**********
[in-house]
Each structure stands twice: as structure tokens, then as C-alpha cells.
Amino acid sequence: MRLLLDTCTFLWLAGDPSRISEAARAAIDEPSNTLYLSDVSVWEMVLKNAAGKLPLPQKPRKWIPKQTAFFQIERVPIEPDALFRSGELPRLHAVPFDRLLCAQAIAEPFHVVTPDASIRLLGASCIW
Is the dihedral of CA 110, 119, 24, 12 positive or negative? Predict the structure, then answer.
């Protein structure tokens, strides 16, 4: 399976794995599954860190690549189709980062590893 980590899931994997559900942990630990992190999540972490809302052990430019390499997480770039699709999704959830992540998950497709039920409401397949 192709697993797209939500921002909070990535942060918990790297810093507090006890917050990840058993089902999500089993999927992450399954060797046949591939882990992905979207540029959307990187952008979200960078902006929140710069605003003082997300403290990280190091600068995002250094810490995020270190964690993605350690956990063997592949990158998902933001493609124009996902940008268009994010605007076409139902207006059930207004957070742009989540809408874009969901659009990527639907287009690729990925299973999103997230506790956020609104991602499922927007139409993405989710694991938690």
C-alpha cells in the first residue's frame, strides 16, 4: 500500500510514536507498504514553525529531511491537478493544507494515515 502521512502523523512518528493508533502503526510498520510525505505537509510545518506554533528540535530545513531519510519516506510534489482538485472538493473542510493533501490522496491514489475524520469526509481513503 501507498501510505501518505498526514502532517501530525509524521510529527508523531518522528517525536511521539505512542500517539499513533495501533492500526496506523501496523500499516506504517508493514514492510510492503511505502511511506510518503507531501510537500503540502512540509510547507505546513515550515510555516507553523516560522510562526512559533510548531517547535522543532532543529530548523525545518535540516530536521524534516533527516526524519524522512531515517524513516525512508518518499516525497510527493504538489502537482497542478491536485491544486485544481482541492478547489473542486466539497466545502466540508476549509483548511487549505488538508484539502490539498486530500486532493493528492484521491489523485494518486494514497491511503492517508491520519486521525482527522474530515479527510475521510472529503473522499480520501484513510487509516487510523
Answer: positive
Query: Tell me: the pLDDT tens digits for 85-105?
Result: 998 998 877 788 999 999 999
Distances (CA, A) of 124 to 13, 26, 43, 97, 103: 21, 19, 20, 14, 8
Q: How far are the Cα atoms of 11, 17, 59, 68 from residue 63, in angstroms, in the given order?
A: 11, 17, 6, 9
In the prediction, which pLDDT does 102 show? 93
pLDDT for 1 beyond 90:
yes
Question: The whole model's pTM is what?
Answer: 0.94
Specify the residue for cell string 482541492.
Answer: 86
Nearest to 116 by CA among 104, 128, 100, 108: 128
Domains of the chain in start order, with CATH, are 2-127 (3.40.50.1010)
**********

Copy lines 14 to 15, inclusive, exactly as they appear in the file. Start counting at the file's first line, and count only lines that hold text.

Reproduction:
pLDDT for 1 beyond 90:
yes